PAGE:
The pandemic has not only changed how we shop, it is also changing what we pay.
“Most things I’ve seen change,” Christina, a local shopper, told NBC 6. “Definitely food, gas.”
She says the change has forced her to adapt.
“Before there wasn’t a need to budget, but definitely I budget now,” Christina said, adding “when you have kids, even more.”
Responding to every consumer complaint
Christina is not alone.
“I don’t buy as much anymore,” Rebecca, another shopper, told us. “I buy what I need, and I try to buy what’s on sale and if they have two for one, that’s what I go for. And yeah, I had to cut down on my spending because of budget.”
According to Maria Ilcheva, the assistant director of FIU’s Jorge Perez Metropolitan Center, the statistics listed in the U.S. Department of Labor’s consumer price index monthly reports show changes consumers are likely feeling.
“We are observing that in some categories of goods and services, prices have decreased,” she said. “In others, they have increased.”
According to the consumer price index numbers in October for the Miami, Fort Lauderdale and West Palm Beach area, what we pay for food at home is showing an over the year percentage increase of 10.3%.
Double-digit increases were seen in nearly every subcategory, including an over the year increase of 15.8% in the price of cereals and bakery products and a 10.6% increase in the price of fruits and veggies.
When asked what’s behind the hikes, Ilcheva points to the producers’ explanation.
“There is still a concern that we haven’t reached the point where the pandemic is behind us,” she said, adding many producers may worry that if they decrease prices now and in the future they get to a point where they have to close again and incur additional costs, they will have to increase prices again.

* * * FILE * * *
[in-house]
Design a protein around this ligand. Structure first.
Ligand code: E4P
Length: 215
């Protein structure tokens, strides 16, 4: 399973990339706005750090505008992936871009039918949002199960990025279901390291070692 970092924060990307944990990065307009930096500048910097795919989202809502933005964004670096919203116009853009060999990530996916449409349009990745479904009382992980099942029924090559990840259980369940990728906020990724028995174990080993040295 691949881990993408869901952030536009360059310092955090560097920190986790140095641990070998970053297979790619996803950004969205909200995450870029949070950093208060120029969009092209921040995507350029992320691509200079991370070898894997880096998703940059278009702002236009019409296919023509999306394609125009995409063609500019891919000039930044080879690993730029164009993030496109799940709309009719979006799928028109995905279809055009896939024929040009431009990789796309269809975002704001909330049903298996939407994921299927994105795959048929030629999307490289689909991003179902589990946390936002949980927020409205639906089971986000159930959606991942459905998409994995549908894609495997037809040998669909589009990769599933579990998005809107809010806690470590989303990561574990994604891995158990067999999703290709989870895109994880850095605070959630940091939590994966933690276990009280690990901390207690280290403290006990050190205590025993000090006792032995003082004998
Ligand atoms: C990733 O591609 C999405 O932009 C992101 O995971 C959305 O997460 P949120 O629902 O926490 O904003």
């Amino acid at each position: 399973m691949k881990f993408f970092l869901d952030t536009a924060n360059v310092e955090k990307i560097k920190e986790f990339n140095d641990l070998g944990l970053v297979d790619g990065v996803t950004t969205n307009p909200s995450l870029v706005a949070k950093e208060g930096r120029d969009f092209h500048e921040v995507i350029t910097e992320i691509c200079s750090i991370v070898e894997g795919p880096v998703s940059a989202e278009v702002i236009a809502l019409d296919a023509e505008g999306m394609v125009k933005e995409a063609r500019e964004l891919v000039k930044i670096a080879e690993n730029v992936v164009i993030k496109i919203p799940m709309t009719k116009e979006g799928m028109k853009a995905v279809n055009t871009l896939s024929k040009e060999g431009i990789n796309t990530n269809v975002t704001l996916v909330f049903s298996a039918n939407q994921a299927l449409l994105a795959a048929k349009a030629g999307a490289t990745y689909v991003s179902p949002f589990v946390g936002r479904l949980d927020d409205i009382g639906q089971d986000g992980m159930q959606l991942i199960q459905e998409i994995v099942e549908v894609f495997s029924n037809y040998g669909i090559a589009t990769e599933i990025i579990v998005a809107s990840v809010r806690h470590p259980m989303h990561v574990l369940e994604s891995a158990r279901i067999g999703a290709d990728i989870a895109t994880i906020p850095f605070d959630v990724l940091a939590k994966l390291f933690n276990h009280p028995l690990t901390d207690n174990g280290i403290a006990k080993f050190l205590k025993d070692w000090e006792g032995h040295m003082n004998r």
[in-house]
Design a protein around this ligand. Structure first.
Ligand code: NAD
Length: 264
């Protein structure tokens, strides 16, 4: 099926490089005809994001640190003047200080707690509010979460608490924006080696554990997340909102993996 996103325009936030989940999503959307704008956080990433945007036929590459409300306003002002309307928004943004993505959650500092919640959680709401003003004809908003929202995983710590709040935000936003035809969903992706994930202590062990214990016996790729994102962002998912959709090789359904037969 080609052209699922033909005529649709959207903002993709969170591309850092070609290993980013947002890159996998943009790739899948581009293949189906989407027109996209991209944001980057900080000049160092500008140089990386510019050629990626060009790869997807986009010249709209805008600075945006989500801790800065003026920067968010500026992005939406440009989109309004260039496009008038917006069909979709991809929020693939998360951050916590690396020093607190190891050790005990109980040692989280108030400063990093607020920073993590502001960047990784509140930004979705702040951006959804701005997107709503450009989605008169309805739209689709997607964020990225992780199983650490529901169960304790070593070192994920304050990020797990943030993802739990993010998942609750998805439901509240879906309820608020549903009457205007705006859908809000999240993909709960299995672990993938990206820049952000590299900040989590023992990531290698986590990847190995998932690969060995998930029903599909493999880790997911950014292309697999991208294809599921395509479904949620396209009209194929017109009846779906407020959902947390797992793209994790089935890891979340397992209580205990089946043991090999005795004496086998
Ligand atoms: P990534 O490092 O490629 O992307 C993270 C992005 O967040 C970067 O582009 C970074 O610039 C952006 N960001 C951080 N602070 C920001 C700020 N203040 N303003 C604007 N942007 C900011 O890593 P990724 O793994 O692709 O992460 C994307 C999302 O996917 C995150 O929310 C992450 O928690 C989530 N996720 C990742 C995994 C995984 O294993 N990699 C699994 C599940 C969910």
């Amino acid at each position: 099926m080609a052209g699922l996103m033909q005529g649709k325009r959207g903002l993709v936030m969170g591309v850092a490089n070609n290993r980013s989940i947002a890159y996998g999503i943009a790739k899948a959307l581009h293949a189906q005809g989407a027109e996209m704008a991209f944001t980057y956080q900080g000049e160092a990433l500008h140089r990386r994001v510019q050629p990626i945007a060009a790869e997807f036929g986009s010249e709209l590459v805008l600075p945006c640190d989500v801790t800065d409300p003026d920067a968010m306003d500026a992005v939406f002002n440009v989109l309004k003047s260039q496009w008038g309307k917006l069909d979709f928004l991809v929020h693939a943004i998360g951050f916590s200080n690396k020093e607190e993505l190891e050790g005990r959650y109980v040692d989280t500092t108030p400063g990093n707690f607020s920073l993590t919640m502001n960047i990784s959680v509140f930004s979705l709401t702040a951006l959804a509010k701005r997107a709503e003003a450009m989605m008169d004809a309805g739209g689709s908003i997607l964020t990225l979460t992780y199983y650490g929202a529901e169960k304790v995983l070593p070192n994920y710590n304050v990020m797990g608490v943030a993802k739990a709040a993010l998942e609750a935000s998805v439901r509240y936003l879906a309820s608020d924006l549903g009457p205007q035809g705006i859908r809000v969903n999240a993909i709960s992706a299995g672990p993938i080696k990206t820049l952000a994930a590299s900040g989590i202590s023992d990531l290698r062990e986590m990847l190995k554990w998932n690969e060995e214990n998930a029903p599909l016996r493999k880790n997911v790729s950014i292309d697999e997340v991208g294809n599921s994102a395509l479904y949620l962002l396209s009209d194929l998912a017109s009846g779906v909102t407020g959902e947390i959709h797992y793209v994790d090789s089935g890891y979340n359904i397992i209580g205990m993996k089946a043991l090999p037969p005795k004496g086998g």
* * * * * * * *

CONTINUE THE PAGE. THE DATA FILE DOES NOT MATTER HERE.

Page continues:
The latest consumer price index data suggests consumers in South Florida will likely pay more for used cars or trucks, showing an over the year increase of 11%.
“People are hesitant to use public transportation,” Ilcheva said. “So people who didn’t have a car are now buying cars.”
Ilcheva says people are also hesitant to spend too much money on cars given the economic uncertainty and therefore, they are buying used cars, instead of new ones.
Prices are lower in several key categories, like motor vehicle insurance, which saw an over the year drop of 6.7%, and gasoline prices with a decrease of 12.7%.
“Double-digit decreases in gasoline prices, in comparison to last year, are mitigating the effect of the increase in prices in other categories,” Ilcheva said.
But she says the higher prices on essentials like food could be a big deal for families facing unemployment or reduced income because of the pandemic.
“For a family of four or more, that may be in the hundreds of dollars, over a 1,000 increase over a year if the prices continue to stay in these high levels,” she said.
Ilcheva says that even though the data is not showing a significant uptick on what consumers are paying for childcare, we will likely see an increase at some point in the future, as providers adapt to the demands of the pandemic.
She also warns about an increase in medical care, as more doctor’s offices are tacking on a COVID-19 surcharge as well.
You can read the latest consumer price index report, here.